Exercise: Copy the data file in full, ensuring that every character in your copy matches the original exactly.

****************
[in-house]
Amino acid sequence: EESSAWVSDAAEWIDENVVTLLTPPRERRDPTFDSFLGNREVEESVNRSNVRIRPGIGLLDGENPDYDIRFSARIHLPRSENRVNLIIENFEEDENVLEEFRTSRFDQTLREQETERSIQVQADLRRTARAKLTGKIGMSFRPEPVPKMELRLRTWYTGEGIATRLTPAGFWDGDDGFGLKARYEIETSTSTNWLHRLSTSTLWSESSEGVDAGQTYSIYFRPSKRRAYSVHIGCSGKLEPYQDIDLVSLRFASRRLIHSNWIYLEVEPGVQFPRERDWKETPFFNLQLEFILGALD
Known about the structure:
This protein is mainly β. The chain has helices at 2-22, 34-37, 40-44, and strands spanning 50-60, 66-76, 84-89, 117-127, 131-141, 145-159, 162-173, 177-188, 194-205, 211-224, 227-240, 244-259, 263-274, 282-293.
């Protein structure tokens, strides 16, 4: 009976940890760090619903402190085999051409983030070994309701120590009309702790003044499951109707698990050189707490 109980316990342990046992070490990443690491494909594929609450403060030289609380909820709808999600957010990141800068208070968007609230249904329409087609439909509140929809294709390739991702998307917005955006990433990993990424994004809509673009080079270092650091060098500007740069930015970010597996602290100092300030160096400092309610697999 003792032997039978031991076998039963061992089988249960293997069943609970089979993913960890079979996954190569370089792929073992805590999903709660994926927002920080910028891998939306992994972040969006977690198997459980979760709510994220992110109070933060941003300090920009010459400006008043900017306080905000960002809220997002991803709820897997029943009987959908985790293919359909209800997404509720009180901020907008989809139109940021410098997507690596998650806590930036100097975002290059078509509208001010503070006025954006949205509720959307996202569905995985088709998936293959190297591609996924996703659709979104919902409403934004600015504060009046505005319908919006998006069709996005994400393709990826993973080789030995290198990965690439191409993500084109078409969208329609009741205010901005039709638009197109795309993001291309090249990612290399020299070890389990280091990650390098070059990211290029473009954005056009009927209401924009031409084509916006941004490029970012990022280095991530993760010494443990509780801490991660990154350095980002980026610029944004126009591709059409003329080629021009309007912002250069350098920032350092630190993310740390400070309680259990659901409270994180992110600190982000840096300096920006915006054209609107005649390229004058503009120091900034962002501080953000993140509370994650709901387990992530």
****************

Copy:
[in-house]
Amino acid sequence: EESSAWVSDAAEWIDENVVTLLTPPRERRDPTFDSFLGNREVEESVNRSNVRIRPGIGLLDGENPDYDIRFSARIHLPRSENRVNLIIENFEEDENVLEEFRTSRFDQTLREQETERSIQVQADLRRTARAKLTGKIGMSFRPEPVPKMELRLRTWYTGEGIATRLTPAGFWDGDDGFGLKARYEIETSTSTNWLHRLSTSTLWSESSEGVDAGQTYSIYFRPSKRRAYSVHIGCSGKLEPYQDIDLVSLRFASRRLIHSNWIYLEVEPGVQFPRERDWKETPFFNLQLEFILGALD
Known about the structure:
This protein is mainly β. The chain has helices at 2-22, 34-37, 40-44, and strands spanning 50-60, 66-76, 84-89, 117-127, 131-141, 145-159, 162-173, 177-188, 194-205, 211-224, 227-240, 244-259, 263-274, 282-293.
């Protein structure tokens, strides 16, 4: 009976940890760090619903402190085999051409983030070994309701120590009309702790003044499951109707698990050189707490 109980316990342990046992070490990443690491494909594929609450403060030289609380909820709808999600957010990141800068208070968007609230249904329409087609439909509140929809294709390739991702998307917005955006990433990993990424994004809509673009080079270092650091060098500007740069930015970010597996602290100092300030160096400092309610697999 003792032997039978031991076998039963061992089988249960293997069943609970089979993913960890079979996954190569370089792929073992805590999903709660994926927002920080910028891998939306992994972040969006977690198997459980979760709510994220992110109070933060941003300090920009010459400006008043900017306080905000960002809220997002991803709820897997029943009987959908985790293919359909209800997404509720009180901020907008989809139109940021410098997507690596998650806590930036100097975002290059078509509208001010503070006025954006949205509720959307996202569905995985088709998936293959190297591609996924996703659709979104919902409403934004600015504060009046505005319908919006998006069709996005994400393709990826993973080789030995290198990965690439191409993500084109078409969208329609009741205010901005039709638009197109795309993001291309090249990612290399020299070890389990280091990650390098070059990211290029473009954005056009009927209401924009031409084509916006941004490029970012990022280095991530993760010494443990509780801490991660990154350095980002980026610029944004126009591709059409003329080629021009309007912002250069350098920032350092630190993310740390400070309680259990659901409270994180992110600190982000840096300096920006915006054209609107005649390229004058503009120091900034962002501080953000993140509370994650709901387990992530």